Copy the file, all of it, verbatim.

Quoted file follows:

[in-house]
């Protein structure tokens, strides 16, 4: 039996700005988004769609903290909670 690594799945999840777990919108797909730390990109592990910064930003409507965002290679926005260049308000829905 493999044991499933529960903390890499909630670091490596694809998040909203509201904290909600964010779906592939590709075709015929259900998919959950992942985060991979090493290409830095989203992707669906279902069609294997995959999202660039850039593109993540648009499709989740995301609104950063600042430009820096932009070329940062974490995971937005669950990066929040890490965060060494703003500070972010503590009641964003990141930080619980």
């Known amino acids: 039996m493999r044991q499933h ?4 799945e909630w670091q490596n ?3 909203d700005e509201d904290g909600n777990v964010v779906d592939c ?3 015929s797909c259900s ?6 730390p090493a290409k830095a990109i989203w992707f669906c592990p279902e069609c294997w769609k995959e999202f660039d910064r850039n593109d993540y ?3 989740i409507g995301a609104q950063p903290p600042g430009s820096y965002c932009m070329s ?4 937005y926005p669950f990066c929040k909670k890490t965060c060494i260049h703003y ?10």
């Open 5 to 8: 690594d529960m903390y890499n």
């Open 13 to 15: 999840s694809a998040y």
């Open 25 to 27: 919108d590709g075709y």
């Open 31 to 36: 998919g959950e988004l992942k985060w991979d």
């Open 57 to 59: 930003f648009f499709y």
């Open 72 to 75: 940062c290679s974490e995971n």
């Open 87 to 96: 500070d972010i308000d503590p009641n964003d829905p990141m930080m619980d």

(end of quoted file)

[in-house]
């Protein structure tokens, strides 16, 4: 039996700005988004769609903290909670 690594799945999840777990919108797909730390990109592990910064930003409507965002290679926005260049308000829905 493999044991499933529960903390890499909630670091490596694809998040909203509201904290909600964010779906592939590709075709015929259900998919959950992942985060991979090493290409830095989203992707669906279902069609294997995959999202660039850039593109993540648009499709989740995301609104950063600042430009820096932009070329940062974490995971937005669950990066929040890490965060060494703003500070972010503590009641964003990141930080619980």
């Known amino acids: 039996m493999r044991q499933h ?4 799945e909630w670091q490596n ?3 909203d700005e509201d904290g909600n777990v964010v779906d592939c ?3 015929s797909c259900s ?6 730390p090493a290409k830095a990109i989203w992707f669906c592990p279902e069609c294997w769609k995959e999202f660039d910064r850039n593109d993540y ?3 989740i409507g995301a609104q950063p903290p600042g430009s820096y965002c932009m070329s ?4 937005y926005p669950f990066c929040k909670k890490t965060c060494i260049h703003y ?10």
């Open 5 to 8: 690594d529960m903390y890499n």
């Open 13 to 15: 999840s694809a998040y």
């Open 25 to 27: 919108d590709g075709y």
């Open 31 to 36: 998919g959950e988004l992942k985060w991979d």
């Open 57 to 59: 930003f648009f499709y």
């Open 72 to 75: 940062c290679s974490e995971n």
């Open 87 to 96: 500070d972010i308000d503590p009641n964003d829905p990141m930080m619980d």